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Does buying Brazilian chicken support worker abuse?

If one accepts that employees who feel valued and are treated well deliver high quality outputs, then the food safety lapses in Brazil’s chicken industry should come as no surprise, given the well documented human rights abuses in its supply chain.


Exploitative labour practices that verge, in some cases, on outright slavery, are the dark side of Brazil’s much-vaunted international competitiveness. Examples of Brazil’s worker abuse are enough to let one’s blood run cold.


According to the Global Slavery Index, 161 100 Brazilians were trapped in modern slavery in 2016. Labour abuses in Brazil are well documented in studies and reports by the Institute for Agriculture and Trade Policy in Washington, by Germany’s Heinrich Boll Foundation and by Reporter Brasil.


In 2017, the Brazilian government approved a major Labour Code Reform that, in at least two cases, increased workers’ vulnerability to abuse and exploitation. The first expanded subcontracting from support services only to core staff, such as factory workers. Sub-contracted staff in Brazil earn 25% less than those directly employed, and tend to work longer weekly hours under more precarious health and safety conditions. The second change allowed negotiations over salary, working hours and conditions to be decided between employers and workers, and could be enforced even if conditions leave workers worse off than what is legally guaranteed. In practice, it legalises payments inferior to the national minimum wage and allows employers to impose lower salaries and working standards. If people in the chicken supply chain are indeed treated this poorly, breaches in food safety standards should not be a surprise.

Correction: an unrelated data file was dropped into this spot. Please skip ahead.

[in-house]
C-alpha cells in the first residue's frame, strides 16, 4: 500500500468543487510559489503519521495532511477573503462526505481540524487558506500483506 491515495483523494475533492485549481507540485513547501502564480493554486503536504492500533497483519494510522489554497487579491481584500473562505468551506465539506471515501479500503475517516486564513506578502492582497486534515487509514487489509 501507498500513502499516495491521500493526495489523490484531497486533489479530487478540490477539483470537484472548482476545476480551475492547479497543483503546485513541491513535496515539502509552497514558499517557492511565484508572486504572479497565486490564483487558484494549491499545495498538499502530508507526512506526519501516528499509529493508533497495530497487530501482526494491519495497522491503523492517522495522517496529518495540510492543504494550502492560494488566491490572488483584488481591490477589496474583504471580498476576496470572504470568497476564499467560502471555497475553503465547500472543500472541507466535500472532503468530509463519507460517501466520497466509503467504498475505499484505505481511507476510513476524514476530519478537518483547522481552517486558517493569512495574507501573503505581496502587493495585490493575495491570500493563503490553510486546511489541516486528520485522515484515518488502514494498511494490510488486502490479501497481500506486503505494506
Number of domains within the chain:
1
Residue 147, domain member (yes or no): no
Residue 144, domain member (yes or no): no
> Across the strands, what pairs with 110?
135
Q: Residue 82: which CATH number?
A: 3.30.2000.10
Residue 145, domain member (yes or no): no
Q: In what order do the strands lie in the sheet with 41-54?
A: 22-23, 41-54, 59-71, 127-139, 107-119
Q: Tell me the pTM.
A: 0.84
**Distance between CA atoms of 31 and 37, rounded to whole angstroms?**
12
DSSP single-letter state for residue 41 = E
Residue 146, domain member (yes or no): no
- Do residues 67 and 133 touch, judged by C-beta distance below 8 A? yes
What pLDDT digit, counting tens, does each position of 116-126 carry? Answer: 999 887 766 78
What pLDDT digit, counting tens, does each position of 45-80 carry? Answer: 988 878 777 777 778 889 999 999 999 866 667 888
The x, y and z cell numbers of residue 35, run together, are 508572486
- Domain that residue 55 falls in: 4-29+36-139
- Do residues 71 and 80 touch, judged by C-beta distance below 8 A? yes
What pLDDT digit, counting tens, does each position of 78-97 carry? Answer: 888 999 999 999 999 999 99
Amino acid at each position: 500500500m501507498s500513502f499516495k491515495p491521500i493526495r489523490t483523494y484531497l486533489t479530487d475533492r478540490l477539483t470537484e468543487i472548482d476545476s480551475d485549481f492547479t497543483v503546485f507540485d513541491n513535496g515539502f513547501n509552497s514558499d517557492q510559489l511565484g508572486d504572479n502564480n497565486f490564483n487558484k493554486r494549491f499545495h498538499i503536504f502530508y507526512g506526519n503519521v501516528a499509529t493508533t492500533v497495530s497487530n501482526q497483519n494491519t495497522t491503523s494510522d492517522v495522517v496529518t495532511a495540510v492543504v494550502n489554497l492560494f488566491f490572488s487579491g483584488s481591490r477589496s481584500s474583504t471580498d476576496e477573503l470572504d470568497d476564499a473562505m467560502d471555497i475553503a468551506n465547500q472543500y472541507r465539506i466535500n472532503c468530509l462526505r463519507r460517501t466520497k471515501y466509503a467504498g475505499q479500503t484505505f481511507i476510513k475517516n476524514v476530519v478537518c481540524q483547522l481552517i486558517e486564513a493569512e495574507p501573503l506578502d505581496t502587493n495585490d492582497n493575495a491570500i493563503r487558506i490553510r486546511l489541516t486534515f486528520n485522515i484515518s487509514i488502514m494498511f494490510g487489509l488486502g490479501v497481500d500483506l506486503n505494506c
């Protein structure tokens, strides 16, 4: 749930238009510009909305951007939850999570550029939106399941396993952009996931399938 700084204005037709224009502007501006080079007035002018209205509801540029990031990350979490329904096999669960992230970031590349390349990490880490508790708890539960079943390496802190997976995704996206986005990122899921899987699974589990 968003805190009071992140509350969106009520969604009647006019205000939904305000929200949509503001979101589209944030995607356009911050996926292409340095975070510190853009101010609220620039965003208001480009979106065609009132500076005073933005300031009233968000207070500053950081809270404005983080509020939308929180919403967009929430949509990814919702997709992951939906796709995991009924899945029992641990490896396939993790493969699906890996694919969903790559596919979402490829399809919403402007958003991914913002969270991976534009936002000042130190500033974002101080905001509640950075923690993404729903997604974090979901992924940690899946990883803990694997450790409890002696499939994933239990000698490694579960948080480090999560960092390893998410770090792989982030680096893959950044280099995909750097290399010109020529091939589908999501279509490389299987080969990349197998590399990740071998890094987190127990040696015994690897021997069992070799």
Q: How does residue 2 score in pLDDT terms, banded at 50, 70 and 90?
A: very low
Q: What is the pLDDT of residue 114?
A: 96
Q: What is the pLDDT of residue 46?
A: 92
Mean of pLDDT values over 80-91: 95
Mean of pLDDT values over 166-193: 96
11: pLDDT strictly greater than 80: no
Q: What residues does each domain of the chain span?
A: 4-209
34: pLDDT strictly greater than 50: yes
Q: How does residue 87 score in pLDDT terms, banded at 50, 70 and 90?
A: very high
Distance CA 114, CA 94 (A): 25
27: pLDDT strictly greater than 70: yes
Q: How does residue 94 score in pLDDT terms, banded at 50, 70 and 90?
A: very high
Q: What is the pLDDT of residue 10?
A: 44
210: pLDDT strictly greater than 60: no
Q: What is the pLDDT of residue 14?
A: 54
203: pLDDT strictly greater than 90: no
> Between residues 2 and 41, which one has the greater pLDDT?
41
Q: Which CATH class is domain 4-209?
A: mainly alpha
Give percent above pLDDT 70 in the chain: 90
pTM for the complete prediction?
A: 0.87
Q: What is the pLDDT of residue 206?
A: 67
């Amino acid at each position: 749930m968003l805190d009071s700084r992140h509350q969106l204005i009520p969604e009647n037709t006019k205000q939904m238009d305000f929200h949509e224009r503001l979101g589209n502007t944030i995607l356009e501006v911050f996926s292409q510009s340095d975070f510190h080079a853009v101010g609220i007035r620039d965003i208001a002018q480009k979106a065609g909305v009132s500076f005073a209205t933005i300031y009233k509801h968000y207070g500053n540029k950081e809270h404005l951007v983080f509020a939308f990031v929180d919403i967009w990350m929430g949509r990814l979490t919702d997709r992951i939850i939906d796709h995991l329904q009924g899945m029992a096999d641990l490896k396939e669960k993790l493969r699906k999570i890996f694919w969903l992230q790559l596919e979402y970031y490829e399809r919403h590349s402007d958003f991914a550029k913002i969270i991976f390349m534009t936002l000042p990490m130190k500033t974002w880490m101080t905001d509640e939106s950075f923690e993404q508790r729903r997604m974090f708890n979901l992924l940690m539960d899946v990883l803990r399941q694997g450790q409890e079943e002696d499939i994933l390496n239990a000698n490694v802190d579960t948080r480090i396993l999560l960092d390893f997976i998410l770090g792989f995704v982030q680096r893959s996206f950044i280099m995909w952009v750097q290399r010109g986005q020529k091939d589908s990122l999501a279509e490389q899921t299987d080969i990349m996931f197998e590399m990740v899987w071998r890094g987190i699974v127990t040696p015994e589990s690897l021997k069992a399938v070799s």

Surprisingly, the South African government – which is in a tripartite alliance with a labour federation – has not expressed concern or called for investigations into the country that supplies most of our chicken imports.


It is a crime against local workers who lose their jobs as imports displace local production; against local consumers who are exposed to potentially unsafe food; and against some unfortunate and exploited Brazilians who work in slave-like conditions to produce meat for export and profit.


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